The Young and Prodigious T.S. Spivet
T.S. Spivet is a messy, warm comedy about grief, family and imagination. It's also ironically about being seen and rarely heard.
Someone sends Jonathan a snarky e-mail. Two naked students, apparently making love at the time, fell off the roof of a campus building in Chicago and were killed. Jonathan is appalled that anyone could find this funny. In the painfully true opening scenes of "In Memoriam," he cannot get the deaths out of his mind. He's driven to begin what he calls an "investigation" into who the students were and what led them to the rooftop.
Stephen Cone's film "In Memoriam" never steps wrong in its first half hour, which I watched in fascination. Jonathan (Ian Forester) talks to the friends of the dead students and even to their parents (one set more willing than the other). It seems to him wrong that two people would die like that, in the midst of happiness. Forester is particularly effective in finding the right notes for his sorrow, which is not personal but existential.
I thought I vaguely recalled a real news item about deaths like that, but I couldn't find it online. What I did find were stories about four other students dying after falls from various campus buildings — one while doing a class project on "filming from high places." Those stories permitting comments included equally heartless snark. On the Internet, trolls can indulge the rotten festering of their shallow minds.
Jonathan eventually decides to re-enact the last hours of the dead couple in the film. And that's where Cone's own film goes — not wrong, exactly, but in a less compelling direction. He recruits helpers, he finds a cameraman, he auditions actors; they all pitch in together on a tiny budget. They seem to be reasonable people engaged in a plausible undertaking. These elements are possibly not a million miles distant from what Cone himself did.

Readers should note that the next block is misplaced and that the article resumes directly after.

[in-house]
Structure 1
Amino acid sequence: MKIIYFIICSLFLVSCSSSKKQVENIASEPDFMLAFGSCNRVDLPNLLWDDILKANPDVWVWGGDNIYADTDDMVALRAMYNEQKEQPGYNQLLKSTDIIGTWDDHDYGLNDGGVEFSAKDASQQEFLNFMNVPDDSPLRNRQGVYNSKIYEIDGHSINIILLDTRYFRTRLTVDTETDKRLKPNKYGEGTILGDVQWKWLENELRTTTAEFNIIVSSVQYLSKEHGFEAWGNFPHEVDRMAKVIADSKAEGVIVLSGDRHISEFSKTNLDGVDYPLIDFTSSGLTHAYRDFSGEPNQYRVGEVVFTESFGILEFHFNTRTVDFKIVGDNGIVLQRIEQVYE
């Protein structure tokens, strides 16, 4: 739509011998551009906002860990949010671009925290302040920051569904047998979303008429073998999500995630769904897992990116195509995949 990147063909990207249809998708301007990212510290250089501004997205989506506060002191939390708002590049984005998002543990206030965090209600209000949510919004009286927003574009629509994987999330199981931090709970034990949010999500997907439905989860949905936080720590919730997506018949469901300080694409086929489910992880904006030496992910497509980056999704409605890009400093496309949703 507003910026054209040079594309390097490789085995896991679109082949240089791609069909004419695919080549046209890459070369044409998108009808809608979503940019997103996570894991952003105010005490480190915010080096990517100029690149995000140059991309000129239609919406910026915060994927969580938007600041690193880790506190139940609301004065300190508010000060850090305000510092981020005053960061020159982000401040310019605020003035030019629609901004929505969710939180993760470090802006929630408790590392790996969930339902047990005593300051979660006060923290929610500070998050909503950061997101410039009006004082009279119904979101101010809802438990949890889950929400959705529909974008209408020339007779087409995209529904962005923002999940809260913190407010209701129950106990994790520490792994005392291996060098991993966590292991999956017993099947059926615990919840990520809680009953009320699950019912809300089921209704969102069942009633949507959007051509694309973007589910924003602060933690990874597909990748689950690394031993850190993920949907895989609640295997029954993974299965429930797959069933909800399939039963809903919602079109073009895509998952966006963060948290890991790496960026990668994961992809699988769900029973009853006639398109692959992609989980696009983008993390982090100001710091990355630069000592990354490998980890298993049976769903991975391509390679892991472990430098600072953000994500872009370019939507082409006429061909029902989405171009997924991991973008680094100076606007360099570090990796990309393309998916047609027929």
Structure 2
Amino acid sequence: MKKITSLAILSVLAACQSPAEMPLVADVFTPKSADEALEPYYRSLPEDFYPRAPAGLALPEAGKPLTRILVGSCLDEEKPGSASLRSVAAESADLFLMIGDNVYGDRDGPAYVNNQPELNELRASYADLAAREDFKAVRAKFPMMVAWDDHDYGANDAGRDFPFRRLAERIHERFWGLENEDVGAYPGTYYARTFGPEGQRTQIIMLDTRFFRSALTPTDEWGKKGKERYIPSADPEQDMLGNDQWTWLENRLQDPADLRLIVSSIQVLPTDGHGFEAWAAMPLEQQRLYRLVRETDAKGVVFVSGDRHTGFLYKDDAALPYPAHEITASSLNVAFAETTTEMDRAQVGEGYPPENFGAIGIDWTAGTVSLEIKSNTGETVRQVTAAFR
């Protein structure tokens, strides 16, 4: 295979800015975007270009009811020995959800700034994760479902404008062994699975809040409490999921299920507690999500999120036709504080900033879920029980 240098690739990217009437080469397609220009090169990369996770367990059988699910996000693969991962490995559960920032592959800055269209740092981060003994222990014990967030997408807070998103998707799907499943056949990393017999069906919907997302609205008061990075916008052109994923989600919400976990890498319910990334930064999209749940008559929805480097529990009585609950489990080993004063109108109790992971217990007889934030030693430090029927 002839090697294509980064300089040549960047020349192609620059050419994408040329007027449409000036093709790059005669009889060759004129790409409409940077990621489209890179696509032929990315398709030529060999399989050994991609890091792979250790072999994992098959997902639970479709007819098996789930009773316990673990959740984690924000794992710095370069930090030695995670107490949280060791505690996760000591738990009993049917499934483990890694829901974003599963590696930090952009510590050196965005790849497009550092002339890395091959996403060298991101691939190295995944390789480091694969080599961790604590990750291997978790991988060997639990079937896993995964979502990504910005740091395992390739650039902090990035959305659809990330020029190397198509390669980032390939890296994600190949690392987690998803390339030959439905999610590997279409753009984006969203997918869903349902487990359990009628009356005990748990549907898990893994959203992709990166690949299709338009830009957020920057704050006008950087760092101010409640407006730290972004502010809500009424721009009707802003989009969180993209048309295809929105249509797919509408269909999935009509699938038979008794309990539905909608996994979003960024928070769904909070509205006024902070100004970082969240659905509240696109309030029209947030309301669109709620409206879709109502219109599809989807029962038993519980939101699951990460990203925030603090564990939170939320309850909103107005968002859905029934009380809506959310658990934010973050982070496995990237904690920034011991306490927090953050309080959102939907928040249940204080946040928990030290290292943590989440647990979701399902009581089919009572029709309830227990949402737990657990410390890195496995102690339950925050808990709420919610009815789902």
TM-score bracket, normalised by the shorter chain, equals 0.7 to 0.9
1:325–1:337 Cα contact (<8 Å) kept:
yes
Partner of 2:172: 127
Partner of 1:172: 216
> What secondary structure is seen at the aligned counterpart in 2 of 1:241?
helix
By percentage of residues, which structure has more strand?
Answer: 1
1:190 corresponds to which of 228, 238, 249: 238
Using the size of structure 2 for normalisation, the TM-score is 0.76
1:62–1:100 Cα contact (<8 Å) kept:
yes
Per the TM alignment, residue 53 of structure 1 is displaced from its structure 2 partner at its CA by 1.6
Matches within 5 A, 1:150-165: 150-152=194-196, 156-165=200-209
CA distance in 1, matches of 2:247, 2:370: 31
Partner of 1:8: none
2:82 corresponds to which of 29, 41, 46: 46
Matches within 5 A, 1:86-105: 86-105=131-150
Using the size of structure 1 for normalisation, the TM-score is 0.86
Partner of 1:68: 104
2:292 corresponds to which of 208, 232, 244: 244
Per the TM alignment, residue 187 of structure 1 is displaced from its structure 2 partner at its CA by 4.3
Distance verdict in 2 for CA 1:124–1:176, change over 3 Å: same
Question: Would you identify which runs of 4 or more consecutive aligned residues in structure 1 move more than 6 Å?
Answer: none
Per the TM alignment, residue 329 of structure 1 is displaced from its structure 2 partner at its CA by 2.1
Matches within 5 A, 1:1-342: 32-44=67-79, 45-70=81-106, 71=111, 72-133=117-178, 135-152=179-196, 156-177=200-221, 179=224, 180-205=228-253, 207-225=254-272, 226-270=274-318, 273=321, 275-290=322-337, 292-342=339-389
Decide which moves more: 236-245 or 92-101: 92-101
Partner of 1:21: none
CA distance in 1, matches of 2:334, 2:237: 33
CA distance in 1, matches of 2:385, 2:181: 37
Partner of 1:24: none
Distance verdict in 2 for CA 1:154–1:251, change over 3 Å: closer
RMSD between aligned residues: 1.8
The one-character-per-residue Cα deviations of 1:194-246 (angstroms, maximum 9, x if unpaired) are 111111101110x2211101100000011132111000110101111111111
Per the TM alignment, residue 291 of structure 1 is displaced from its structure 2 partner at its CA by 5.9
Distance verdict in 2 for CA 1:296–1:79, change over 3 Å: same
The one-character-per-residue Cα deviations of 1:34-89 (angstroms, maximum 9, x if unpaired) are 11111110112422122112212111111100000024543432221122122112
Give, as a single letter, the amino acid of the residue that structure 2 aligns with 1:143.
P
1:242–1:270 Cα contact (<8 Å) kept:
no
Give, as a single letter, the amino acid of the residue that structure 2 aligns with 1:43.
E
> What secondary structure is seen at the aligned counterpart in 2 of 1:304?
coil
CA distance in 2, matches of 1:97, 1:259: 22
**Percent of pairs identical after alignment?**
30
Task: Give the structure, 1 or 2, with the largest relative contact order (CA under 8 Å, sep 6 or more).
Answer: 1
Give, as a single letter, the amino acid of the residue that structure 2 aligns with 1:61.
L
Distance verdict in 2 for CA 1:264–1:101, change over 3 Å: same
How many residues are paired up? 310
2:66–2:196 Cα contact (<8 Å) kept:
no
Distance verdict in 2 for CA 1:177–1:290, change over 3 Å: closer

He's a sure-minded director, and "In Memoriam" is a touching film. Its final hour has convincing performances and avoids any horrors along the lines of "Hey, gang! Let's make a movie!" The scenes with the two sets of parents are acutely seen. There are some subplots, one involving a possible romance, and the other a sublimated one, which are handled with admirable subtlety. A couple of moments with music seem somewhat obtrusive. The reality level is otherwise convincing.
And yet Cone never quite regains the force of his opening scene. I was thinking about that. How could he? I think perhaps Jonathan's initial obsession is so absorbing that we almost don't want it to find a release. If the opening Jonathan sequences were combined with one particular later moment, you would have an incredibly effective short film. Here is a paradox: Cone opens so well that he sets the bar too high for the rest of the film. "People die," one of his characters says. Yes, and mankind has spent a long time trying to deal with that fact, which has such an irrefutable finality.
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